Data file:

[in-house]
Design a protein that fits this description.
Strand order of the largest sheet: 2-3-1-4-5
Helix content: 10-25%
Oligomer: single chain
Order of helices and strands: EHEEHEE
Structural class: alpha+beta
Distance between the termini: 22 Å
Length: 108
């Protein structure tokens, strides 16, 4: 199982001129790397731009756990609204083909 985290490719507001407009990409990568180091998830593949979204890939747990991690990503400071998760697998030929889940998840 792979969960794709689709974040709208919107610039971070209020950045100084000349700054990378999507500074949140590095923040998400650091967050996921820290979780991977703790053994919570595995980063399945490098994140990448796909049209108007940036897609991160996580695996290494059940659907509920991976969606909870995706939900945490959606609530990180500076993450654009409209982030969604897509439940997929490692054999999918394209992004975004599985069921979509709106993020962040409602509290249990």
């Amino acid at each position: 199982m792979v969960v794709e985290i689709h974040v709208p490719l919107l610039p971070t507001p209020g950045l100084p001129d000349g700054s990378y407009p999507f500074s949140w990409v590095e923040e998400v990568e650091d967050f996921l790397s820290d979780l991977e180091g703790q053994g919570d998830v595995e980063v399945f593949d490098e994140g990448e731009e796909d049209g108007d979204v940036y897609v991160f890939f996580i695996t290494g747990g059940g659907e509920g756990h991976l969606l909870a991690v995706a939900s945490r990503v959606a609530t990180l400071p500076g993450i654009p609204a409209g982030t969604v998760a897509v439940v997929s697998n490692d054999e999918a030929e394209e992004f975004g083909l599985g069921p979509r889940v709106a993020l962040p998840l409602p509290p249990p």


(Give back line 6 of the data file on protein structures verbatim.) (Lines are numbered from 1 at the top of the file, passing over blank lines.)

Order of helices and strands: EHEEHEE